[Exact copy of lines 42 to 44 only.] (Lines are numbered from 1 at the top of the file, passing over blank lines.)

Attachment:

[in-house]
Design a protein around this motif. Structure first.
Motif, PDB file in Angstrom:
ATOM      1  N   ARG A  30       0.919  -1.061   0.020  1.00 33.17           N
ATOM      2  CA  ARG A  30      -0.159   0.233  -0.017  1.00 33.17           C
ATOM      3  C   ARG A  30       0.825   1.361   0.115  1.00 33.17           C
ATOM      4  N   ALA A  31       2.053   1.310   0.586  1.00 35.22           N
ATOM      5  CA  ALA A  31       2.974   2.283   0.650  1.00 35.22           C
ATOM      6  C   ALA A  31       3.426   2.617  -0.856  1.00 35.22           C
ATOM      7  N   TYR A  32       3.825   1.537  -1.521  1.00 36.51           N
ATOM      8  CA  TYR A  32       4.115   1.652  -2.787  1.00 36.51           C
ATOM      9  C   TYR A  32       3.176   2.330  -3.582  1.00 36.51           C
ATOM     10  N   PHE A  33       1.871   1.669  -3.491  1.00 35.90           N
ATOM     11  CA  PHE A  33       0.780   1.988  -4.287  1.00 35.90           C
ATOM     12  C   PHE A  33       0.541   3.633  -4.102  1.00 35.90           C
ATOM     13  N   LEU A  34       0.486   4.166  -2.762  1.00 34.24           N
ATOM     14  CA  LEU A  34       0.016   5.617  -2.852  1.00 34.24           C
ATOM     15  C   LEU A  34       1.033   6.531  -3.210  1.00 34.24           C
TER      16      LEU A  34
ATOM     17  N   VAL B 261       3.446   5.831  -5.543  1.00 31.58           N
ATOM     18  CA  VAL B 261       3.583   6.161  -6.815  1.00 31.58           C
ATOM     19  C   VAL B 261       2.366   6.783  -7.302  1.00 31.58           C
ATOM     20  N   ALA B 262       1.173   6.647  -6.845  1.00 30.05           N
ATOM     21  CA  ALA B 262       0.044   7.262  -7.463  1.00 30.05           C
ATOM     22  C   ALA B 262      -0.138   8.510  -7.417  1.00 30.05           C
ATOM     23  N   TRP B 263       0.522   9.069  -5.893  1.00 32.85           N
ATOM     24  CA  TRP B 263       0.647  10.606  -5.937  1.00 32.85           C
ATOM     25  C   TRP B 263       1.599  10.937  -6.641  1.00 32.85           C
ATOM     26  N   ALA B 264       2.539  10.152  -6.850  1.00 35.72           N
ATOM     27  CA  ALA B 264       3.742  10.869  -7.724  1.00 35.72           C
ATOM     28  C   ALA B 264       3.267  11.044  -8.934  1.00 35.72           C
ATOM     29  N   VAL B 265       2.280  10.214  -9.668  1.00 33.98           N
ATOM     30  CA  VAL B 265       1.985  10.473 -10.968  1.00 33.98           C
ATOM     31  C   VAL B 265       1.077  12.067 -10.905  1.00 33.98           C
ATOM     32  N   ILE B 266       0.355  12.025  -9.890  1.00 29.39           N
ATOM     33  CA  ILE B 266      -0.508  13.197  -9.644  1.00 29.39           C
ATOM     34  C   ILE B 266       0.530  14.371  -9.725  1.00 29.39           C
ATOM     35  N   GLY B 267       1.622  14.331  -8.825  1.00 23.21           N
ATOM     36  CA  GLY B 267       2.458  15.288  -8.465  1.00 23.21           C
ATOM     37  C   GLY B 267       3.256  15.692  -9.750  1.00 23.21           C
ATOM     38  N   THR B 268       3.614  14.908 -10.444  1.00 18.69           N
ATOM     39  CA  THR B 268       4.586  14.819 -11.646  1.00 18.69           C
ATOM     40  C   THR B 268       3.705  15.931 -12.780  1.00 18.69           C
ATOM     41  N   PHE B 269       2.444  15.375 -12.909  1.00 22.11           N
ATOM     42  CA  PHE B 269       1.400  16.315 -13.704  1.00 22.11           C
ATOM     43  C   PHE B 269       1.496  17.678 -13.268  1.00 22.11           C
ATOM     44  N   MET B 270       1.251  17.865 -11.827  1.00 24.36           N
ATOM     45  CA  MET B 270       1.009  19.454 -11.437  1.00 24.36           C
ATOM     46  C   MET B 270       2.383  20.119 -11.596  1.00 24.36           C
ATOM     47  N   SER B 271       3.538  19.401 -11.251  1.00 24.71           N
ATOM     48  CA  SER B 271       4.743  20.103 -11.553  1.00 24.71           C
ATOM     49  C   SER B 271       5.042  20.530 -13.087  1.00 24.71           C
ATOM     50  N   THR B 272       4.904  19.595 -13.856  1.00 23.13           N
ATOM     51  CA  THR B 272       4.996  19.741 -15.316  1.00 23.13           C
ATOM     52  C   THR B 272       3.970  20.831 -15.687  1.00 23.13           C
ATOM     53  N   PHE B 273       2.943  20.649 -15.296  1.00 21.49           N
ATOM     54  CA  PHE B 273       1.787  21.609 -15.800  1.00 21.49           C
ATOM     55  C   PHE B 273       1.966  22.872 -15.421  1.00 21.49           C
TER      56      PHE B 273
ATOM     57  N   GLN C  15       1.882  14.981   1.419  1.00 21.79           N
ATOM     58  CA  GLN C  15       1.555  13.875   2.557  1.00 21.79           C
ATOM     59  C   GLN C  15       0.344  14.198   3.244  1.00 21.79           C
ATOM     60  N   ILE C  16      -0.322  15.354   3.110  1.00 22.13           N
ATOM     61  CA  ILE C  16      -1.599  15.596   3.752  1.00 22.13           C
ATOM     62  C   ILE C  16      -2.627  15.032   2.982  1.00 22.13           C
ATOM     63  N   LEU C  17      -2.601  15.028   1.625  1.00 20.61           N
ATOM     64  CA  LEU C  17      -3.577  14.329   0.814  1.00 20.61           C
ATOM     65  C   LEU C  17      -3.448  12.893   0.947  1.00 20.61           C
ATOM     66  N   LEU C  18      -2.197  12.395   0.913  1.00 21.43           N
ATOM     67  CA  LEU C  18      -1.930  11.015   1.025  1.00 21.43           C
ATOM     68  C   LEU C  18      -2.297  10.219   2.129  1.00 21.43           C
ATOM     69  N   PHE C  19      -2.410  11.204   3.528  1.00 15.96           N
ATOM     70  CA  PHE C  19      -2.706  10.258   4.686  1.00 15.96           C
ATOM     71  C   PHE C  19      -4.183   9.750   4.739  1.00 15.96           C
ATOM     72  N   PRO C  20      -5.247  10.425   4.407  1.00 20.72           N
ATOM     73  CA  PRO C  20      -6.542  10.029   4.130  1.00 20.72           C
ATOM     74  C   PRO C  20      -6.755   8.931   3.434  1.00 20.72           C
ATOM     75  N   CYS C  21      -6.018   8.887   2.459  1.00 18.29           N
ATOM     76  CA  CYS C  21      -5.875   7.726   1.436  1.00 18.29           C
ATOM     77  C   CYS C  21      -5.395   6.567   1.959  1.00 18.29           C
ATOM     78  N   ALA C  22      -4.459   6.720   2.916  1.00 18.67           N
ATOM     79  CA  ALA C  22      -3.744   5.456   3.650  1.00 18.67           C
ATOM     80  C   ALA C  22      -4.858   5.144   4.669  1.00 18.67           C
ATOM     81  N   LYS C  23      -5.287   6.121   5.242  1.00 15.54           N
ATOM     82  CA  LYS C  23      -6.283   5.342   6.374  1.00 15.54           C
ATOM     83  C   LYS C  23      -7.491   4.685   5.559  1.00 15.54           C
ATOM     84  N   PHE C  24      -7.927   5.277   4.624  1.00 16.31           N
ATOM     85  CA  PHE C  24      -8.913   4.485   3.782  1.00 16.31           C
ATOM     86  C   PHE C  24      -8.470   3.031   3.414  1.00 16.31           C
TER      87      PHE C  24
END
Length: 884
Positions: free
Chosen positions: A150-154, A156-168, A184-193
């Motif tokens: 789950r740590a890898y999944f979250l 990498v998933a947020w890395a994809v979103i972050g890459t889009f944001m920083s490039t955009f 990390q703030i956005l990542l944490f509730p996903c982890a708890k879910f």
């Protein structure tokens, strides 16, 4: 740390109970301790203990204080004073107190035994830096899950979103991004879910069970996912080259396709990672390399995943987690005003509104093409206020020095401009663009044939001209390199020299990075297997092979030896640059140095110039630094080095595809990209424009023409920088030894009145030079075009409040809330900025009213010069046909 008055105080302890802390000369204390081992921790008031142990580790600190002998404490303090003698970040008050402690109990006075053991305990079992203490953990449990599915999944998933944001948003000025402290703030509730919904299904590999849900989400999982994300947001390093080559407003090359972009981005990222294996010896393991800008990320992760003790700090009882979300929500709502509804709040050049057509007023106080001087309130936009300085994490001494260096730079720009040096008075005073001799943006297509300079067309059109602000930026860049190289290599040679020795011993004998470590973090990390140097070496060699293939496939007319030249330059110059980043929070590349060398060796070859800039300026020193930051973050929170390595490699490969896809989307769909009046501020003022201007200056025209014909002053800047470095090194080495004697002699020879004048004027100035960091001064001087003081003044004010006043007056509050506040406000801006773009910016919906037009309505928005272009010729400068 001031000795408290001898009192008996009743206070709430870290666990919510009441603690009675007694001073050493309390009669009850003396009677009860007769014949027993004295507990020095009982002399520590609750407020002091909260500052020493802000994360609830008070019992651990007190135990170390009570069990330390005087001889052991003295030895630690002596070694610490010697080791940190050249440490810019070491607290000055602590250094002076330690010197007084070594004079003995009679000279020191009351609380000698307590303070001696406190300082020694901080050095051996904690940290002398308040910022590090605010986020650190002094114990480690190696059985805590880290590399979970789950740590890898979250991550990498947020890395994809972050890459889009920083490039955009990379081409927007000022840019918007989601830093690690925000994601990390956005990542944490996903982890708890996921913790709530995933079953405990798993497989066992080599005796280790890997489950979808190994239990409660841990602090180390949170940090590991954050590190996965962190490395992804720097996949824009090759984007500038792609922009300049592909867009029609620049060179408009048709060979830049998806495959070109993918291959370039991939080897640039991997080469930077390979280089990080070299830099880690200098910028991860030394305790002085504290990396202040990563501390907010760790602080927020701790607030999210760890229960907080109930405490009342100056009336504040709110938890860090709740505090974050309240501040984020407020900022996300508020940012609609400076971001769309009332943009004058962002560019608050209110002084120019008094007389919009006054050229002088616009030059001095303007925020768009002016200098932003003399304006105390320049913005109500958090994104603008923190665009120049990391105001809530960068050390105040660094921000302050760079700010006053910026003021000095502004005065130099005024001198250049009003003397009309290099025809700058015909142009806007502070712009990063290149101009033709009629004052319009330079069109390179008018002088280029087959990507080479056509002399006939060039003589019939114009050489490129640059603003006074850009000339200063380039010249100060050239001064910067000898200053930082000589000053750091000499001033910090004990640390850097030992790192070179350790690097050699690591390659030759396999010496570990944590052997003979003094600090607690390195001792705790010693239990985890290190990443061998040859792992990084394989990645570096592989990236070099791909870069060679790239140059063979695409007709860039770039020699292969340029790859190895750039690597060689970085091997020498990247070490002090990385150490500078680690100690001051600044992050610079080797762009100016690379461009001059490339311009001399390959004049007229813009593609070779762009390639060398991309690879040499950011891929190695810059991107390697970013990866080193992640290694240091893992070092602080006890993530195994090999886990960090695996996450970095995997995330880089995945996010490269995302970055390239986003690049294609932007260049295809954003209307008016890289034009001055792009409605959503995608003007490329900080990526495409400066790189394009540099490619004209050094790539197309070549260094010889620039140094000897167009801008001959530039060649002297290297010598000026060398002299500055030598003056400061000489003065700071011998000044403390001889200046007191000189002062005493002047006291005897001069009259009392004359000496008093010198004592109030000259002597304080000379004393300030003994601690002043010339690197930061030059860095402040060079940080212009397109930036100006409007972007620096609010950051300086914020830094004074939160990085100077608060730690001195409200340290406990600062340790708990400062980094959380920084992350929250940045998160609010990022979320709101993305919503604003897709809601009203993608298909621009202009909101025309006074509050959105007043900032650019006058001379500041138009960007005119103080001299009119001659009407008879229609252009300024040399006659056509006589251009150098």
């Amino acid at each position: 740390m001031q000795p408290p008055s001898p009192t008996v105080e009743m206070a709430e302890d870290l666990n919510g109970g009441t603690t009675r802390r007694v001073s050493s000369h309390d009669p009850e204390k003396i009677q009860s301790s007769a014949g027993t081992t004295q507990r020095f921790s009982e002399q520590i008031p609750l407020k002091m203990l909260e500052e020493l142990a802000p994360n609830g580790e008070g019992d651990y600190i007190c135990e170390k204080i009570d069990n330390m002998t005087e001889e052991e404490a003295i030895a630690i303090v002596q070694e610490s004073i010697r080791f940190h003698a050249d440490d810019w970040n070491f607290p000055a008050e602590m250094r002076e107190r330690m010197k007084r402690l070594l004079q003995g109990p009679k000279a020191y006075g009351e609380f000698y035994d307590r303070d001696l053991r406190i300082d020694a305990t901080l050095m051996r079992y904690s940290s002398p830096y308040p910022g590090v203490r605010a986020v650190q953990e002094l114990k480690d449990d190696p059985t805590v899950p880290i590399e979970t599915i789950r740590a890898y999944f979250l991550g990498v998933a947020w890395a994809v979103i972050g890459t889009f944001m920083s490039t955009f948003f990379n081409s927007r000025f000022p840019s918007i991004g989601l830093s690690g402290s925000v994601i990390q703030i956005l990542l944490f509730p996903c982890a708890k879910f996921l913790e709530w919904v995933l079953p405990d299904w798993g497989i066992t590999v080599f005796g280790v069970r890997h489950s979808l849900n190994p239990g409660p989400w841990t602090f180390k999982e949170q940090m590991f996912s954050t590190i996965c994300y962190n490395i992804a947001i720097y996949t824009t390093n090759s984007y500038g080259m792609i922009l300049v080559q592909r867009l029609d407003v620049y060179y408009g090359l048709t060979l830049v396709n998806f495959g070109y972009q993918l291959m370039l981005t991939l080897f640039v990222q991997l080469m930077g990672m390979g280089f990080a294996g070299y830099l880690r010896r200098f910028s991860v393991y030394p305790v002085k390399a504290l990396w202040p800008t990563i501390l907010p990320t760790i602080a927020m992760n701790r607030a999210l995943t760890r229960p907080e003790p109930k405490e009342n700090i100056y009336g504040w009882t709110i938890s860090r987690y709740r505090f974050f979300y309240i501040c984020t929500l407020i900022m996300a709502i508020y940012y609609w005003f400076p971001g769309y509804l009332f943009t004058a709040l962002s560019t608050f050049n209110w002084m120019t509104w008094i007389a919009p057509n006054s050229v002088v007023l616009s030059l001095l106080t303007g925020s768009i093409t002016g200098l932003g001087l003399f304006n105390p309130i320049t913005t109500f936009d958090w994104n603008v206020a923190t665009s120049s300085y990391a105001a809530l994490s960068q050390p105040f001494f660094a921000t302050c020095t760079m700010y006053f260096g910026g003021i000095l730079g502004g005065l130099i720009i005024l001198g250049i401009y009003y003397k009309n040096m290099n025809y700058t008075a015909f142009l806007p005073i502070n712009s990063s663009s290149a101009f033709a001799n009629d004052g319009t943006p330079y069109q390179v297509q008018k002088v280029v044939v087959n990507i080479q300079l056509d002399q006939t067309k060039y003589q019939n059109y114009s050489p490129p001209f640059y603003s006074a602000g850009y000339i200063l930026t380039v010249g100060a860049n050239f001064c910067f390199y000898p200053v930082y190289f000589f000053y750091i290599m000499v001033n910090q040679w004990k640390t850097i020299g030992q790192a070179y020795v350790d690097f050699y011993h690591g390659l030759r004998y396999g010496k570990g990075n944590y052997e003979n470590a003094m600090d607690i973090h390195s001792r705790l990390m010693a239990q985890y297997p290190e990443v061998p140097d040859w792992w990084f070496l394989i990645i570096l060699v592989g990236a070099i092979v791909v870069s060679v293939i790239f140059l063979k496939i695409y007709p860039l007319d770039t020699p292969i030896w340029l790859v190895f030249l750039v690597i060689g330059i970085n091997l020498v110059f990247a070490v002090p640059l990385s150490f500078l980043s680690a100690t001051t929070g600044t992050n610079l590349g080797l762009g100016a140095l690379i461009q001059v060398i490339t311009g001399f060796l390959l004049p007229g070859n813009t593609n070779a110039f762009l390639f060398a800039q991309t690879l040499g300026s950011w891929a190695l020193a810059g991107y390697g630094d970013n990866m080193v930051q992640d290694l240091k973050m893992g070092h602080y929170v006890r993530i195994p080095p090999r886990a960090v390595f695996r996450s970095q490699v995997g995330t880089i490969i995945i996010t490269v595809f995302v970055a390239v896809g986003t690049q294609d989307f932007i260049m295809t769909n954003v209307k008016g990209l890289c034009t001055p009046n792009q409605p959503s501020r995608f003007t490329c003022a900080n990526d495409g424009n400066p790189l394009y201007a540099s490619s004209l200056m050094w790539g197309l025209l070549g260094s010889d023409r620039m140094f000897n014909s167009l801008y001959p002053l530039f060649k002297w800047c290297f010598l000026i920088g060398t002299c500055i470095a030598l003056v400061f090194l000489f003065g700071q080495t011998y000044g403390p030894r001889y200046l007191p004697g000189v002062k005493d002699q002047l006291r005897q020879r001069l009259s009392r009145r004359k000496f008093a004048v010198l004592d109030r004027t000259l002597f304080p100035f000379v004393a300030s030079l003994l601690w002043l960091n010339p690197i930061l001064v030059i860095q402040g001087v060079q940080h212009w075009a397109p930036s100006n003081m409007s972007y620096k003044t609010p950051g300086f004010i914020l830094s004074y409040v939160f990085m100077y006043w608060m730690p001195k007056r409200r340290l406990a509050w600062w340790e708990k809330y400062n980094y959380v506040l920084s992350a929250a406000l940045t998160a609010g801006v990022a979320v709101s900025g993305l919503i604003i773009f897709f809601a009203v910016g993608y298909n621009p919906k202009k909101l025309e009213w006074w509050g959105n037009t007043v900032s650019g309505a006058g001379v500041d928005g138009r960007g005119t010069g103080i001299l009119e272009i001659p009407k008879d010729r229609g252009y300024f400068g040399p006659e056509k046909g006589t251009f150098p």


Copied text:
ATOM     39  CA  THR B 268       4.586  14.819 -11.646  1.00 18.69           C
ATOM     40  C   THR B 268       3.705  15.931 -12.780  1.00 18.69           C
ATOM     41  N   PHE B 269       2.444  15.375 -12.909  1.00 22.11           N